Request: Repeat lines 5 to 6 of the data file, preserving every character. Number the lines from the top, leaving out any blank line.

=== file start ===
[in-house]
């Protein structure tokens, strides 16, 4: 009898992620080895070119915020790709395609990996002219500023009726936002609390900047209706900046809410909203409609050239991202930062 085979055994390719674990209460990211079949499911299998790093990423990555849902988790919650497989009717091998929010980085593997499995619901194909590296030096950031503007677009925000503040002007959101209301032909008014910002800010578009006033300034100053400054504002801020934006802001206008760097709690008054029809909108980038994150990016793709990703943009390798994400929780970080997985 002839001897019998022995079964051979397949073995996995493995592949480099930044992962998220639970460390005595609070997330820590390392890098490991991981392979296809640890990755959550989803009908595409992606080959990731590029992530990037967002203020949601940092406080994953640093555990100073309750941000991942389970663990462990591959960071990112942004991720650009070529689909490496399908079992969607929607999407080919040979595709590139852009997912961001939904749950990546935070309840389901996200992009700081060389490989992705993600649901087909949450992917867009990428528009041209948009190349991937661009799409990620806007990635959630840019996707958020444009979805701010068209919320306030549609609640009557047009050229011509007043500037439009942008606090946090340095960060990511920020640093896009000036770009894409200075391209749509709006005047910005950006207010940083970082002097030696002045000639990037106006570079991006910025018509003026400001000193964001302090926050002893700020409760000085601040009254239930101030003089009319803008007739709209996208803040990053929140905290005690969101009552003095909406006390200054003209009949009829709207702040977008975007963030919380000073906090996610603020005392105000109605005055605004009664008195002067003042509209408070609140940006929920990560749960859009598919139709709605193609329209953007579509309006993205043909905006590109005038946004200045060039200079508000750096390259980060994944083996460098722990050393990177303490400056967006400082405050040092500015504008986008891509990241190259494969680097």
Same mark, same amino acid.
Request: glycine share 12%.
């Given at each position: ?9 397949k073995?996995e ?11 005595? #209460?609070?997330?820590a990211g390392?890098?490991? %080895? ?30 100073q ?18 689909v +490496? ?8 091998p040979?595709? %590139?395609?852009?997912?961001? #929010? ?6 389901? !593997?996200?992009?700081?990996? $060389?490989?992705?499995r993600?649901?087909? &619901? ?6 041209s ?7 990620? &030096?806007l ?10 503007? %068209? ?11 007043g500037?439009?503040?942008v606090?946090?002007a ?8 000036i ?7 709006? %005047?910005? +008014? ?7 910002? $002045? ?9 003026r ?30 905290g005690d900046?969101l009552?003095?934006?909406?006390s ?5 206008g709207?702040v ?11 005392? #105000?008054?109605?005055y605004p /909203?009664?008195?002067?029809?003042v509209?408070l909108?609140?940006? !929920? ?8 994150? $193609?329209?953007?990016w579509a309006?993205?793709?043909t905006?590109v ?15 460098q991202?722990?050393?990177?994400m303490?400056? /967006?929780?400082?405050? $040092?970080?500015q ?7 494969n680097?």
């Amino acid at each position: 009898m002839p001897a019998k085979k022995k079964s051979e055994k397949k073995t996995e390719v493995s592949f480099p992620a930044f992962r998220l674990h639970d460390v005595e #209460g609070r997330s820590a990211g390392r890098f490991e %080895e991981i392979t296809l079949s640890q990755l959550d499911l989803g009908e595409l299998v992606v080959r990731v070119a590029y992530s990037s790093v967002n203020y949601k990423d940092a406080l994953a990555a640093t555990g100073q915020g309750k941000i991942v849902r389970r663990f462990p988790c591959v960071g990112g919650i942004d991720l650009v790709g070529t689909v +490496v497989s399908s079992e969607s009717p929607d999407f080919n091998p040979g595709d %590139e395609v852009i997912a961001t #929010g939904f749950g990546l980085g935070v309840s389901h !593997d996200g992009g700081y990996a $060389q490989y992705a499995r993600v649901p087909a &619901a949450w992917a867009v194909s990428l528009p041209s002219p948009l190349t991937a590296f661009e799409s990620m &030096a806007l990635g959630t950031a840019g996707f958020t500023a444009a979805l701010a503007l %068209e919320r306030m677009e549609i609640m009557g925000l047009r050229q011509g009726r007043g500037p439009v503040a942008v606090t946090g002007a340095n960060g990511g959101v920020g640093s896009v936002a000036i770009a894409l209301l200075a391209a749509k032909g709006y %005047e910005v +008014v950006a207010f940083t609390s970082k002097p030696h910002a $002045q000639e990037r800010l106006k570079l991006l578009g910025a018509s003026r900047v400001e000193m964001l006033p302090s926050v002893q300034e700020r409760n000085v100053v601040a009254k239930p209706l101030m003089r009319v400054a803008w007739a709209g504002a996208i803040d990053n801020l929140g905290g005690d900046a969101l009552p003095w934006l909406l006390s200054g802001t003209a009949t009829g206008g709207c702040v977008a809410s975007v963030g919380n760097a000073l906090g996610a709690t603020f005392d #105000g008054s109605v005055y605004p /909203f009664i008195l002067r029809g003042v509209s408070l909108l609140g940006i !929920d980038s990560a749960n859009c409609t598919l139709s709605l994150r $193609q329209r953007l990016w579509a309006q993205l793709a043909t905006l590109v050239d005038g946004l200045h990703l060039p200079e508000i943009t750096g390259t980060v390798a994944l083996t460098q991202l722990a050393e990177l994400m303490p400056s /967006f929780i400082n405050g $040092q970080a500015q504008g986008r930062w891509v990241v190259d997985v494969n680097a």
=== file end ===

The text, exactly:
């Given at each position: ?9 397949k073995?996995e ?11 005595? #209460?609070?997330?820590a990211g390392?890098?490991? %080895? ?30 100073q ?18 689909v +490496? ?8 091998p040979?595709? %590139?395609?852009?997912?961001? #929010? ?6 389901? !593997?996200?992009?700081?990996? $060389?490989?992705?499995r993600?649901?087909? &619901? ?6 041209s ?7 990620? &030096?806007l ?10 503007? %068209? ?11 007043g500037?439009?503040?942008v606090?946090?002007a ?8 000036i ?7 709006? %005047?910005? +008014? ?7 910002? $002045? ?9 003026r ?30 905290g005690d900046?969101l009552?003095?934006?909406?006390s ?5 206008g709207?702040v ?11 005392? #105000?008054?109605?005055y605004p /909203?009664?008195?002067?029809?003042v509209?408070l909108?609140?940006? !929920? ?8 994150? $193609?329209?953007?990016w579509a309006?993205?793709?043909t905006?590109v ?15 460098q991202?722990?050393?990177?994400m303490?400056? /967006?929780?400082?405050? $040092?970080?500015q ?7 494969n680097?």
């Amino acid at each position: 009898m002839p001897a019998k085979k022995k079964s051979e055994k397949k073995t996995e390719v493995s592949f480099p992620a930044f992962r998220l674990h639970d460390v005595e #209460g609070r997330s820590a990211g390392r890098f490991e %080895e991981i392979t296809l079949s640890q990755l959550d499911l989803g009908e595409l299998v992606v080959r990731v070119a590029y992530s990037s790093v967002n203020y949601k990423d940092a406080l994953a990555a640093t555990g100073q915020g309750k941000i991942v849902r389970r663990f462990p988790c591959v960071g990112g919650i942004d991720l650009v790709g070529t689909v +490496v497989s399908s079992e969607s009717p929607d999407f080919n091998p040979g595709d %590139e395609v852009i997912a961001t #929010g939904f749950g990546l980085g935070v309840s389901h !593997d996200g992009g700081y990996a $060389q490989y992705a499995r993600v649901p087909a &619901a949450w992917a867009v194909s990428l528009p041209s002219p948009l190349t991937a590296f661009e799409s990620m &030096a806007l990635g959630t950031a840019g996707f958020t500023a444009a979805l701010a503007l %068209e919320r306030m677009e549609i609640m009557g925000l047009r050229q011509g009726r007043g500037p439009v503040a942008v606090t946090g002007a340095n960060g990511g959101v920020g640093s896009v936002a000036i770009a894409l209301l200075a391209a749509k032909g709006y %005047e910005v +008014v950006a207010f940083t609390s970082k002097p030696h910002a $002045q000639e990037r800010l106006k570079l991006l578009g910025a018509s003026r900047v400001e000193m964001l006033p302090s926050v002893q300034e700020r409760n000085v100053v601040a009254k239930p209706l101030m003089r009319v400054a803008w007739a709209g504002a996208i803040d990053n801020l929140g905290g005690d900046a969101l009552p003095w934006l909406l006390s200054g802001t003209a009949t009829g206008g709207c702040v977008a809410s975007v963030g919380n760097a000073l906090g996610a709690t603020f005392d #105000g008054s109605v005055y605004p /909203f009664i008195l002067r029809g003042v509209s408070l909108l609140g940006i !929920d980038s990560a749960n859009c409609t598919l139709s709605l994150r $193609q329209r953007l990016w579509a309006q993205l793709a043909t905006l590109v050239d005038g946004l200045h990703l060039p200079e508000i943009t750096g390259t980060v390798a994944l083996t460098q991202l722990a050393e990177l994400m303490p400056s /967006f929780i400082n405050g $040092q970080a500015q504008g986008r930062w891509v990241v190259d997985v494969n680097a």